THE BEAT OF HER OWN DEMOS DRUMMER! The Post did a top-notch report on the schools. On cable, we still havent heard: // link // print // previous // next //
TUESDAY, APRIL 28, 2009
The inability to explain anything: How inept is the basic journalism on our cable news programs? We were struck by the way three or four shows explained an event last night.
At issue was a peculiar plane ride observed from lower Manhattan. Why in the world did Air Force 1 buzz the city yesterday morning, producing understandable panic? On CNN, Anderson Cooper let his sidekick explain:
Cooper was thankful for Hills explanation. But what exactly was her explanation? Twice, she said the event was a photo op. But in what way had it been a photo op? Who was taking photos? Of what? What sort of photo was this strange event intended to produce?
It didnt occur to Hill to say. But then, Our Own Rhodes Scholar didnt explain when she announced that the flight in question was apparently just a government photo-op.On Countdown, Olbermann played the thundering fool, insisting on a resignation. Our reaction? Maybe the big lug should resign too! Like the others, he failed to explain what he meant when he called the event a military flight over New York to take photos, a photo op.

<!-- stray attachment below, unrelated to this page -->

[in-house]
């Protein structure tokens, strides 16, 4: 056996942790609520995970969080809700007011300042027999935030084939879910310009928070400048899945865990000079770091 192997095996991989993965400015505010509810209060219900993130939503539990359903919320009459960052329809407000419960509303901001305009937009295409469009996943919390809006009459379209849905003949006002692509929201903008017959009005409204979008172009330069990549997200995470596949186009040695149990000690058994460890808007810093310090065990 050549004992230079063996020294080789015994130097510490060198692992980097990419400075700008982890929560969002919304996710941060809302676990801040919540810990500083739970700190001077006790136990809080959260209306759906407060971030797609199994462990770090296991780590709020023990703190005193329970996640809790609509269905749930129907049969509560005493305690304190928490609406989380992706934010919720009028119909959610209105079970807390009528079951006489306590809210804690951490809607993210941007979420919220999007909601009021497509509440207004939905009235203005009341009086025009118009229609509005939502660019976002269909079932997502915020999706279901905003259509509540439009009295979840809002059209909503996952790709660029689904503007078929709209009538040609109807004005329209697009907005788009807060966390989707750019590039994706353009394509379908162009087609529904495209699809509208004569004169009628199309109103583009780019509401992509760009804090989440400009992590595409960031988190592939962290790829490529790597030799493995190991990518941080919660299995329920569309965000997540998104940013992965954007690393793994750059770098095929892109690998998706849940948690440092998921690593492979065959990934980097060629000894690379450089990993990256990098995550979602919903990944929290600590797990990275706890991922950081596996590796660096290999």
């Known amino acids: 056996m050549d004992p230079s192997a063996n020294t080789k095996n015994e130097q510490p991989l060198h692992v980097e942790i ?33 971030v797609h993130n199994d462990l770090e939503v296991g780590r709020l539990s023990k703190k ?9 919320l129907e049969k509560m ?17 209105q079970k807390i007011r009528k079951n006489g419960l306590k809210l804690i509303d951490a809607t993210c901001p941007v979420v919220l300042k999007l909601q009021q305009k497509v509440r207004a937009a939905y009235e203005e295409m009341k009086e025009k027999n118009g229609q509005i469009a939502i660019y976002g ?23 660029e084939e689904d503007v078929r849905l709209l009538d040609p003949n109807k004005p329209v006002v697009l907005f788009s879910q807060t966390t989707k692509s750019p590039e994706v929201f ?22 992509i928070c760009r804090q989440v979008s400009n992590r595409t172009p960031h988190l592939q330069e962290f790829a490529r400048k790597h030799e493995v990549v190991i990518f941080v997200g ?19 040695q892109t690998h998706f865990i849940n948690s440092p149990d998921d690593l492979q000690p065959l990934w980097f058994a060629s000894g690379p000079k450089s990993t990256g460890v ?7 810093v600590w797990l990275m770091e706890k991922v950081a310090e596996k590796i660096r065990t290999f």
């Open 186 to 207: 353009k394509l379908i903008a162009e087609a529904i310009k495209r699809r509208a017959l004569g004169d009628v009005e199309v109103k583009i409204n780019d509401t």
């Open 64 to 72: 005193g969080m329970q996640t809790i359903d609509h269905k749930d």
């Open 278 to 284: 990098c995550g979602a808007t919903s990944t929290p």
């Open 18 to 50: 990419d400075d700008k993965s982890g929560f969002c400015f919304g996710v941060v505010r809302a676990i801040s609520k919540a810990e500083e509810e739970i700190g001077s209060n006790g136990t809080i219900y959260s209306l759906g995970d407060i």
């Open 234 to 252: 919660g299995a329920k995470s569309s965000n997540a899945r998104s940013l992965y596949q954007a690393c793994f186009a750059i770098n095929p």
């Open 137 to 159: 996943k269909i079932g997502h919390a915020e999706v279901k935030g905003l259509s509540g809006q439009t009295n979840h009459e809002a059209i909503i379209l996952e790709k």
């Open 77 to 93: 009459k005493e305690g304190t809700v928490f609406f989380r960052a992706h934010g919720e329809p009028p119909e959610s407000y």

Who was taking photos? Of what? You couldnt learn such things on cable, where the journalistic skills are slight. These people are good at chasing the demo, weak at everything else.
Mordantly sighing, we told the analysts: Youll have to wait for the morning newspapers. And sure enough! Their questions were answered in paragraph 3 of the Washington Posts news report.
Daniel de Vise gets it right: Daniel de Vise did a nice piece of work on the front page of Mondays Washington Post. Poor Neighborhoods, Untested Teachers, the headline said. In his opening paragraph, de Vise described a basic problem in Washington-area schools:
In the Washington area, kids who live in the poorest neighborhoods are about twice as likely to have beginning teachers, according to de Vises findings. In the hard-copy Post, de Vises report was accompanied by two graphics, which make this pattern more clear. With numbing predictability, the Post seems to have dropped these graphics from its on-line presentation. But heres the simple story:
In the Washington areas poorest schools (schools in the top quartile by incidence of poverty), 22 percent of teachers are in their first or second years. In the areas most affluent schools (in the bottom quartile by incidence of poverty), the figure is 12-13 percent. Kids in poor schools are almost twice as likely to be taught by beginning teachers.